Tuesday, 8 September 2015

Syrian refugees, Jewish refugees, and inadequate responses.

David Cameron has declared, with great solemnity, that Britain would “live up to its moral responsibility” by allowing in some of the refugees from Syria.

He then announced that living up to that responsibility meant committing the country to taking twelve refugees a day. Out of the four million that have already fled the fighting in Syria.

That reminded me of a wonderful, late friend of ours. Bob was born a Jew in Vienna in the twenties. He was there as German troops entered Austria in 1938, and Hitler declared the country part of the Third Reich. So he had the privilege of living as a Jew under Nazi rule for a year or two.

Jews being forced to clean pavements in Vienna under the Nazis
Like most Jews around him, he spent the time trying to get out before it was too late. Eventually, he received permission to travel to Britain with one of his sisters, a rescue for which he would be profoundly grateful for the rest of his life.

What excited far less gratitude was the sights he saw daily in the queue for visas outside the British consulate. I’m only quoting him and don’t have independent evidence that this happened, but as he told it, officials from the consulate would walk up and down the queue and offer priority treatment to anyone who had the means to pay for it. Pay them, that is, not Britain.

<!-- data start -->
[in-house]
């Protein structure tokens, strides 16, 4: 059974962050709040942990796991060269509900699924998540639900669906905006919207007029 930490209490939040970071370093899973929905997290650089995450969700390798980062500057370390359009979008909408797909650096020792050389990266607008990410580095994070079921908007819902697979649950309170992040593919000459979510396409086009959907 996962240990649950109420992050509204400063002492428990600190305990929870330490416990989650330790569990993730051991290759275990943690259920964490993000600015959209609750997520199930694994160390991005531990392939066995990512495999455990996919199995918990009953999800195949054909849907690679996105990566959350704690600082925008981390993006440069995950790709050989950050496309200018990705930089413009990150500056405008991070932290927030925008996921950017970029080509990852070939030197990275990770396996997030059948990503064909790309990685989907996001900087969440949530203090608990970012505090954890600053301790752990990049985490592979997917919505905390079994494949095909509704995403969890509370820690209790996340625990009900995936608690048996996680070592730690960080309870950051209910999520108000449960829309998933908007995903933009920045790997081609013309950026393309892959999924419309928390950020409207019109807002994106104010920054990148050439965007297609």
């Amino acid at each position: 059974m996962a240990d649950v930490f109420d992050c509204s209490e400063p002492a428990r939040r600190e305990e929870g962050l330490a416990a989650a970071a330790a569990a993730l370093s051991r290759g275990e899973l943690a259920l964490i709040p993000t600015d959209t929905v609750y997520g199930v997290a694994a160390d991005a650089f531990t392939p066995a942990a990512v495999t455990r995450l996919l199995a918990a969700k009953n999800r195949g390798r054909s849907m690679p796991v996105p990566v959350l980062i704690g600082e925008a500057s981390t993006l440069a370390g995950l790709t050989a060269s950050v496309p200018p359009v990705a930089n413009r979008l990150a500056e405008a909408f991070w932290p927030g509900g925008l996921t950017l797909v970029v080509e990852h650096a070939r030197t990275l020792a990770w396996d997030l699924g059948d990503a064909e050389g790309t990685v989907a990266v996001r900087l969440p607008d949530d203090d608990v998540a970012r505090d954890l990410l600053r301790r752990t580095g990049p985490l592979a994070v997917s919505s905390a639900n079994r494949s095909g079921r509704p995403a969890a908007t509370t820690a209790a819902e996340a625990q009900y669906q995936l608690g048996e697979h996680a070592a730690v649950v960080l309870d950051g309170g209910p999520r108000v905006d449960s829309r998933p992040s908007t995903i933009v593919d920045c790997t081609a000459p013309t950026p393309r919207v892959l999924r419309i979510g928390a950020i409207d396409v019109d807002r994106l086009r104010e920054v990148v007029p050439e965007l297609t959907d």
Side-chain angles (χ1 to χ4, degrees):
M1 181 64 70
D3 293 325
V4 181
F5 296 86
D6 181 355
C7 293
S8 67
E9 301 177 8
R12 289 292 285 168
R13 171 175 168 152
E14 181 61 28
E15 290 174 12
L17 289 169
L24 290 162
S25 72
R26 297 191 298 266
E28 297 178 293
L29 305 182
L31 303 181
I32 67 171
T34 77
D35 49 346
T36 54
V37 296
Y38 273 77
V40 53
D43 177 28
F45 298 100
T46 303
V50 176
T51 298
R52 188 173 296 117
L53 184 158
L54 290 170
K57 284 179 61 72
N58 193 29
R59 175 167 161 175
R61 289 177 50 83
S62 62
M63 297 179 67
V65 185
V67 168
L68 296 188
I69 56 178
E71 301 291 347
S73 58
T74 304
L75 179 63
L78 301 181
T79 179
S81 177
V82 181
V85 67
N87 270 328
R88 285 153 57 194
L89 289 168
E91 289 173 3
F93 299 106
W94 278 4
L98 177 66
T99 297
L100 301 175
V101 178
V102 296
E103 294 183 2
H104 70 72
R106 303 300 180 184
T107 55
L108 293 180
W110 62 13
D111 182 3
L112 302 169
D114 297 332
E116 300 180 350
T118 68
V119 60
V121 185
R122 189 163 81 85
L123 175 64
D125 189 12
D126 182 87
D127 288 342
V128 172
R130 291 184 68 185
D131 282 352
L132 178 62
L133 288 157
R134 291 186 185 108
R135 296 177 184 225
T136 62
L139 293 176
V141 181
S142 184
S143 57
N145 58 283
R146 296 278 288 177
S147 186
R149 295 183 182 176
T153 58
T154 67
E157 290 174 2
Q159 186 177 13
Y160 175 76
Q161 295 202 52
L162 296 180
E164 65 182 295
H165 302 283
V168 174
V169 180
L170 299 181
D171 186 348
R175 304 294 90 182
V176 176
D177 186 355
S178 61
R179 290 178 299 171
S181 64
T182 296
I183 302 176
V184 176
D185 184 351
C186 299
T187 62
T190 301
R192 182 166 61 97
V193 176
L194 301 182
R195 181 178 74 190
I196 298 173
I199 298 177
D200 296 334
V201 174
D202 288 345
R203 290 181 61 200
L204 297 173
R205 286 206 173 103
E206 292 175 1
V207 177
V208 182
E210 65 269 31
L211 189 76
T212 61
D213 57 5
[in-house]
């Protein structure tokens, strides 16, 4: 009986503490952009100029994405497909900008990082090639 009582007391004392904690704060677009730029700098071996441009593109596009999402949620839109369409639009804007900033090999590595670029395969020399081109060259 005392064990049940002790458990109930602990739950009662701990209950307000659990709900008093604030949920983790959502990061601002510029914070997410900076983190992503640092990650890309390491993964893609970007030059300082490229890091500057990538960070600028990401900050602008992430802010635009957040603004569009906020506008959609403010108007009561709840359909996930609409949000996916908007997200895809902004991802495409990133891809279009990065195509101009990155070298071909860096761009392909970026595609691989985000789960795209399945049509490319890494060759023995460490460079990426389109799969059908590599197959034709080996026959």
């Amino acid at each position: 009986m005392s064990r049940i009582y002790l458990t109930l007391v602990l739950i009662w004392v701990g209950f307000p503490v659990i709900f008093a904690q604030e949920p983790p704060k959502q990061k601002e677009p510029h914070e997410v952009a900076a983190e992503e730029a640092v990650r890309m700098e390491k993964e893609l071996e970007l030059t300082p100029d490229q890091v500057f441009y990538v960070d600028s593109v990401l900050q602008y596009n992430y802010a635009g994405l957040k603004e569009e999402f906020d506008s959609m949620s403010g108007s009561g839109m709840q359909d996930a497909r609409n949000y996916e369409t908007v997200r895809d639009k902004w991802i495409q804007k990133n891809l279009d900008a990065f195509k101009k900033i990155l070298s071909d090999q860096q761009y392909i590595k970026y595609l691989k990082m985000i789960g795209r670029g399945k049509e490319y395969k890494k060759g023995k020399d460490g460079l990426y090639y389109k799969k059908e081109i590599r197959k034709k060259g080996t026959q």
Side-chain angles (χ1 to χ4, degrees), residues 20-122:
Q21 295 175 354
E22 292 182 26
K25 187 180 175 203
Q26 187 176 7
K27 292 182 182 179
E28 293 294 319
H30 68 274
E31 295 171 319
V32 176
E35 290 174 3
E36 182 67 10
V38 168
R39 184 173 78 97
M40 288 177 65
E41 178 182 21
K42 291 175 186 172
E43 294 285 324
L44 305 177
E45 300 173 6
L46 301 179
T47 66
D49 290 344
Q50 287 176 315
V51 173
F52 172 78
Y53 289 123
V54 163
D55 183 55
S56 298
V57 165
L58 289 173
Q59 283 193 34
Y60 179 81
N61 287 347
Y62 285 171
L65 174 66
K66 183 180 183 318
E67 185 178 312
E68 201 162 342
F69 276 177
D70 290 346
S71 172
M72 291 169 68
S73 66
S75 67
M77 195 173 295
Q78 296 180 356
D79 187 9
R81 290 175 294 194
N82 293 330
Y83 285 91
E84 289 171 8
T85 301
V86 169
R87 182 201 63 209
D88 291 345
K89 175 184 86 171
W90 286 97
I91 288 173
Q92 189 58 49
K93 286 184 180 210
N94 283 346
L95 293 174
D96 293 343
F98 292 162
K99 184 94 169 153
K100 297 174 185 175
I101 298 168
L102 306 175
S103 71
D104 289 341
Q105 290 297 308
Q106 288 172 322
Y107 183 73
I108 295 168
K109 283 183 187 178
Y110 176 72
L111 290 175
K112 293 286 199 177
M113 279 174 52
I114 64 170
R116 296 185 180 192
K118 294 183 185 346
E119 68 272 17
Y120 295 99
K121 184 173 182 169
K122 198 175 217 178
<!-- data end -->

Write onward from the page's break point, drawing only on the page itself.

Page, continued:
Worse than the corruption, however, was that though his sister and he were saved, none of the other members of his family were. Father, mother, the other siblings, his extended family – they all stayed behind and they were all murdered.

Britain had many reasons for not accepting all these Jewish refugees. There wasn’t enough housing. Funds were tight. We had enough problems of our own.

But how does that stack up against the prospect of being subjected to murder in cold blood, in many cases with extreme cruelty beforehand? How does one measure the impact of a refusal to take these people – people, I stress the word, humans like ourselves – against the practical problem of finding housing, of squeezing out a little money to feed them, of finding it in ourselves to offer them some kind of welcome?

Cameron talked about morality. He knows there are already four million refugees from Syria. Taking twelve a day, a total of 20,000 over five years – 0.5% – seems a little low in comparison. A bit like taking Bob and his sister and leaving all the rest of his family to be fed to the gas chambers by the Nazis. And with so few being taken from so many, just imagine the new opportunities for corruption.

There is certainly morality at stake here. But only as a measure of how woefully short Cameron’s government is falling.

No comments: